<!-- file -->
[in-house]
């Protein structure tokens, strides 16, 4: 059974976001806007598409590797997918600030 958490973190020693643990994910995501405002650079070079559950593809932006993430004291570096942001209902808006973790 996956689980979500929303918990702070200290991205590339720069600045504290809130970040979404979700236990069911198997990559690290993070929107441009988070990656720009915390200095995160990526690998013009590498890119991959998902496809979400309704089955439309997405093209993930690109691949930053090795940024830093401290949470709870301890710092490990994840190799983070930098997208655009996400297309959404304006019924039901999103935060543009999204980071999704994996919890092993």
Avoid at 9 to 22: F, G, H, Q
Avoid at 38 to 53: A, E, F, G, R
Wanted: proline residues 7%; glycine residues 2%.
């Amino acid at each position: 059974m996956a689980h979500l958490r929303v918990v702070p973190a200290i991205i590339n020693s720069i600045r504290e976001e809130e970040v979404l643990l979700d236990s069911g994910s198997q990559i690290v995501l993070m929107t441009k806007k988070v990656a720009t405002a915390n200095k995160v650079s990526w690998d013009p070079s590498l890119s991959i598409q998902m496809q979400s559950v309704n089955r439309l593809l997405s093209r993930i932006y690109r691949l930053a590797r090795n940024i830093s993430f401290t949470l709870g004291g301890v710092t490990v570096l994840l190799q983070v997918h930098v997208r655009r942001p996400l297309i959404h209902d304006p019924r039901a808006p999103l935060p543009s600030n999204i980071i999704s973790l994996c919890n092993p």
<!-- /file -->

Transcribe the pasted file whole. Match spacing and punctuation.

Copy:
[in-house]
């Protein structure tokens, strides 16, 4: 059974976001806007598409590797997918600030 958490973190020693643990994910995501405002650079070079559950593809932006993430004291570096942001209902808006973790 996956689980979500929303918990702070200290991205590339720069600045504290809130970040979404979700236990069911198997990559690290993070929107441009988070990656720009915390200095995160990526690998013009590498890119991959998902496809979400309704089955439309997405093209993930690109691949930053090795940024830093401290949470709870301890710092490990994840190799983070930098997208655009996400297309959404304006019924039901999103935060543009999204980071999704994996919890092993």
Avoid at 9 to 22: F, G, H, Q
Avoid at 38 to 53: A, E, F, G, R
Wanted: proline residues 7%; glycine residues 2%.
């Amino acid at each position: 059974m996956a689980h979500l958490r929303v918990v702070p973190a200290i991205i590339n020693s720069i600045r504290e976001e809130e970040v979404l643990l979700d236990s069911g994910s198997q990559i690290v995501l993070m929107t441009k806007k988070v990656a720009t405002a915390n200095k995160v650079s990526w690998d013009p070079s590498l890119s991959i598409q998902m496809q979400s559950v309704n089955r439309l593809l997405s093209r993930i932006y690109r691949l930053a590797r090795n940024i830093s993430f401290t949470l709870g004291g301890v710092t490990v570096l994840l190799q983070v997918h930098v997208r655009r942001p996400l297309i959404h209902d304006p019924r039901a808006p999103l935060p543009s600030n999204i980071i999704s973790l994996c919890n092993p």